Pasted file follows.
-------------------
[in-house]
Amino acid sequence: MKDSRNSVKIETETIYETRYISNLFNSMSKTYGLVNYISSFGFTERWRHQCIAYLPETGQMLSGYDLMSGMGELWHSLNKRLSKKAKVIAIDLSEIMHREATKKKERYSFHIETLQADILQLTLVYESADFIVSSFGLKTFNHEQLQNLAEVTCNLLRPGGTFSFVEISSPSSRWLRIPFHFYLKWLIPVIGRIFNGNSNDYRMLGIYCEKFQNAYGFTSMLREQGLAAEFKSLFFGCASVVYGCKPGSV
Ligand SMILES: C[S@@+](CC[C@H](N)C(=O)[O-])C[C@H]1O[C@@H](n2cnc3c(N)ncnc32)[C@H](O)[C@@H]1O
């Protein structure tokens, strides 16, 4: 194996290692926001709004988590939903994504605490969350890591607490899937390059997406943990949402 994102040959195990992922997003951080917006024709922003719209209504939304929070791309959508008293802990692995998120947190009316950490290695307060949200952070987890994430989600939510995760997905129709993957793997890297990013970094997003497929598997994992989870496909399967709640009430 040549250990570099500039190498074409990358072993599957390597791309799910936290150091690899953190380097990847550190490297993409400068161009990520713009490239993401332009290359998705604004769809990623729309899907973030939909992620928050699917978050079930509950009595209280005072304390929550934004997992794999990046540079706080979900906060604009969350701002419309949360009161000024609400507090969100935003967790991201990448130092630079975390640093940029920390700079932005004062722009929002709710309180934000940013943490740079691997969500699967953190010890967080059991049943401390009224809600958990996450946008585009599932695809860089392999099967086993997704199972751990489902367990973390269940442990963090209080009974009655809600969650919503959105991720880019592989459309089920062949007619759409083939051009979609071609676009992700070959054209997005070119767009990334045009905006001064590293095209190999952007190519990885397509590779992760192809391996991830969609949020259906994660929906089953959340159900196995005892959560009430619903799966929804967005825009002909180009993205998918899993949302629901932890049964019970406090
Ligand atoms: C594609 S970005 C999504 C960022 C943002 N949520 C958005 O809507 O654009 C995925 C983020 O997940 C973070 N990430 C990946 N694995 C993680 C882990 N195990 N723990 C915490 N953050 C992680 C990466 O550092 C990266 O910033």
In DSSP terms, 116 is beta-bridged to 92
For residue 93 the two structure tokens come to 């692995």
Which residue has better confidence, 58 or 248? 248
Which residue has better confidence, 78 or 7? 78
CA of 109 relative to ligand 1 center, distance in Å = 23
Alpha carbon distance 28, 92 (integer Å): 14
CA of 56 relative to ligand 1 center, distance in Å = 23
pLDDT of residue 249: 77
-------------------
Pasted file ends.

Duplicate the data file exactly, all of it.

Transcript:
[in-house]
Amino acid sequence: MKDSRNSVKIETETIYETRYISNLFNSMSKTYGLVNYISSFGFTERWRHQCIAYLPETGQMLSGYDLMSGMGELWHSLNKRLSKKAKVIAIDLSEIMHREATKKKERYSFHIETLQADILQLTLVYESADFIVSSFGLKTFNHEQLQNLAEVTCNLLRPGGTFSFVEISSPSSRWLRIPFHFYLKWLIPVIGRIFNGNSNDYRMLGIYCEKFQNAYGFTSMLREQGLAAEFKSLFFGCASVVYGCKPGSV
Ligand SMILES: C[S@@+](CC[C@H](N)C(=O)[O-])C[C@H]1O[C@@H](n2cnc3c(N)ncnc32)[C@H](O)[C@@H]1O
């Protein structure tokens, strides 16, 4: 194996290692926001709004988590939903994504605490969350890591607490899937390059997406943990949402 994102040959195990992922997003951080917006024709922003719209209504939304929070791309959508008293802990692995998120947190009316950490290695307060949200952070987890994430989600939510995760997905129709993957793997890297990013970094997003497929598997994992989870496909399967709640009430 040549250990570099500039190498074409990358072993599957390597791309799910936290150091690899953190380097990847550190490297993409400068161009990520713009490239993401332009290359998705604004769809990623729309899907973030939909992620928050699917978050079930509950009595209280005072304390929550934004997992794999990046540079706080979900906060604009969350701002419309949360009161000024609400507090969100935003967790991201990448130092630079975390640093940029920390700079932005004062722009929002709710309180934000940013943490740079691997969500699967953190010890967080059991049943401390009224809600958990996450946008585009599932695809860089392999099967086993997704199972751990489902367990973390269940442990963090209080009974009655809600969650919503959105991720880019592989459309089920062949007619759409083939051009979609071609676009992700070959054209997005070119767009990334045009905006001064590293095209190999952007190519990885397509590779992760192809391996991830969609949020259906994660929906089953959340159900196995005892959560009430619903799966929804967005825009002909180009993205998918899993949302629901932890049964019970406090
Ligand atoms: C594609 S970005 C999504 C960022 C943002 N949520 C958005 O809507 O654009 C995925 C983020 O997940 C973070 N990430 C990946 N694995 C993680 C882990 N195990 N723990 C915490 N953050 C992680 C990466 O550092 C990266 O910033």
In DSSP terms, 116 is beta-bridged to 92
For residue 93 the two structure tokens come to 């692995």
Which residue has better confidence, 58 or 248? 248
Which residue has better confidence, 78 or 7? 78
CA of 109 relative to ligand 1 center, distance in Å = 23
Alpha carbon distance 28, 92 (integer Å): 14
CA of 56 relative to ligand 1 center, distance in Å = 23
pLDDT of residue 249: 77